“I did every sport imaginable growing up. I remember when I was six or seven years old, I was into soccer, football, baseball, basketball, track and field – you name it. I did three sports in high school – football, basketball and track and field – and then football and track and field in college. Of course, being a multi-sport guy, I ended up doing the decathlon in track and field.

“I spent two years doing both at Dartmouth, and eventually, the idea of putting weight on for football and taking it off for track and field, (plus) the grueling non-stop competition, became too much. I’ve always loved football, I had some great success in Dartmouth my first couple of years, and I decided that was what I was going to keep pursuing.”

Which players did you admire growing up and model your own game after?

“My favorite quarterback growing up was probably John Elway. He was a guy who I tried to model my game after – just his versatility, his escapability out of situations. Although I couldn’t get up quite to his arm strength, I felt like I was able to do a lot of things out on the football field just like he was able to do.”

As an undrafted free agent, what were the keys to landing your first NFL contract with the Eagles?

“As an undrafted free agent, it was really just a matter of making the team. I had about four or five teams that offered me contracts right after the draft ended. I decided on going to Philadelphia because of two factors. One, Rich Kotite was the coach there, and he convinced me that he was going to give me a shot to really compete for the job and to make the team. And two, at the time they weren’t so set on their three quarterbacks. So, it looked like an opportunity for me to have a chance to make the team and to move my way up the depth chart as things went along.”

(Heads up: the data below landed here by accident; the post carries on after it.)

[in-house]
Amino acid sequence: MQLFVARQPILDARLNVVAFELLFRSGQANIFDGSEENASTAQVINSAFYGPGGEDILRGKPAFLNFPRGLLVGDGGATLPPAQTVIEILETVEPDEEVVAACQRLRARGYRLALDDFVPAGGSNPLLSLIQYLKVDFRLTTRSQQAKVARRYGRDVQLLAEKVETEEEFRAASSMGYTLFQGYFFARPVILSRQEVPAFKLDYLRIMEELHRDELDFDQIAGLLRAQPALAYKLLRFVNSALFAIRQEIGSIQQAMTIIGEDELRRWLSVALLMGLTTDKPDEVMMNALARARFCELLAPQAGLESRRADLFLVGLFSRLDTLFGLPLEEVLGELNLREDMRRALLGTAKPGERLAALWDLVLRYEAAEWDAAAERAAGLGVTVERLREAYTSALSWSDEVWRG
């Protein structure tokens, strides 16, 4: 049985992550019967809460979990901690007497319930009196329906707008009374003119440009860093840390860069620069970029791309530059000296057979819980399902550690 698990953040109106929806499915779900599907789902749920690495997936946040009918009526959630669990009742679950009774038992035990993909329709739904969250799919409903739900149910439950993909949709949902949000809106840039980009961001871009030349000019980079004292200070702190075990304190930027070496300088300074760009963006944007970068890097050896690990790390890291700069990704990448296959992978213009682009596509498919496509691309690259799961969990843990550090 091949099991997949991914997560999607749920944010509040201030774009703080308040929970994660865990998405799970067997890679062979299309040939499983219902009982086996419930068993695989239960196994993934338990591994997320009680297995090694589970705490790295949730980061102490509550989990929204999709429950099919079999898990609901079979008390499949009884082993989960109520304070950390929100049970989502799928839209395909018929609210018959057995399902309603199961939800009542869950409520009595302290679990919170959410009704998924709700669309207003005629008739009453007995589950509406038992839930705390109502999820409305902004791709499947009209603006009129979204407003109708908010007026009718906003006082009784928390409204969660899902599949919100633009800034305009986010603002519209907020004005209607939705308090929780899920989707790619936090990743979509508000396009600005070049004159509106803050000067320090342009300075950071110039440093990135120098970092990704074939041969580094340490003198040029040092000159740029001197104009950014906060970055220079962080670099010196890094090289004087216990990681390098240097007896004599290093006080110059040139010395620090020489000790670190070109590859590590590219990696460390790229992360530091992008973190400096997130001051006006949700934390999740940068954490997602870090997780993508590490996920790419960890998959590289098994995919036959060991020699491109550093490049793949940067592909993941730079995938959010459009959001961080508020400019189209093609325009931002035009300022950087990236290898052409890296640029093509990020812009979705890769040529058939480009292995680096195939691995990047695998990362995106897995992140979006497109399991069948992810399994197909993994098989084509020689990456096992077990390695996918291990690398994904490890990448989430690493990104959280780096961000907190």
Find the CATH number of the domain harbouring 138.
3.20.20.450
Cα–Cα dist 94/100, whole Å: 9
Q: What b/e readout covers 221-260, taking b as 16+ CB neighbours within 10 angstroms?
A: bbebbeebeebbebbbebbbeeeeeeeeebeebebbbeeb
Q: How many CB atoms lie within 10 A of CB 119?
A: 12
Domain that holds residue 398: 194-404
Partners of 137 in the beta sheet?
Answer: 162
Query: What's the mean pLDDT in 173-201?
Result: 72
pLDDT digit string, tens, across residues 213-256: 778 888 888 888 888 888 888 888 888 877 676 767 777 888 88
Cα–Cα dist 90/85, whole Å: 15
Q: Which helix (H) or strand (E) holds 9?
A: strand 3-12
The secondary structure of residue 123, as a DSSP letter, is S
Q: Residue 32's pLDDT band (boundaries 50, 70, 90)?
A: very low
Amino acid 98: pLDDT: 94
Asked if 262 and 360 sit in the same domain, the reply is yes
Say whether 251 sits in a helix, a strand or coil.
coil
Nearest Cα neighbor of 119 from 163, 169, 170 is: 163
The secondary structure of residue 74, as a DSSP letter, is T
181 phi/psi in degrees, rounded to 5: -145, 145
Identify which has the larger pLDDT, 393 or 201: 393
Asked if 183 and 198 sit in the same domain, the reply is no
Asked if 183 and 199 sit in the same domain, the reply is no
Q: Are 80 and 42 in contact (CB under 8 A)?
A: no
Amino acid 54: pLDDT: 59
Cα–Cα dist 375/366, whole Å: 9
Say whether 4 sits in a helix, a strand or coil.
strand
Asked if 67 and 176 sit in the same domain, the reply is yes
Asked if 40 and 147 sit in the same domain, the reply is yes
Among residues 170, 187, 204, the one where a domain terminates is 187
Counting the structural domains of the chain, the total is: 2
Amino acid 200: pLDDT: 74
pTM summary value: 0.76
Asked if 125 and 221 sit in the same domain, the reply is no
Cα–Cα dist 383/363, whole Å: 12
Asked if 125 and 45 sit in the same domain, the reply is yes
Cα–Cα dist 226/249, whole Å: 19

After being cut twice and out of the NFL for nearly two years, what did it take to make it back to the pros?

“That was probably the most difficult time in my career. Getting cut by the Eagles, it was really a situation of coaching and ownership changes – they were just going in a new direction, where they were kind of cleaning house. By the time they actually cut me, it was already a couple of weeks into training camp, so even though I got picked up by Cincinnati, I only had a very short window to try and prove myself. I was actually the fifth (quarterback) on the roster out there, so it was an uphill battle.

“I found myself out of the game for the first time in my life. It was a frustrating time, but I also knew from playing for two years, seeing how guys practiced and seeing the games up close, that I was talented enough to make it. I didn’t let it discourage me and I didn’t give up on the game.”

How did you train and what did you focus on during that time?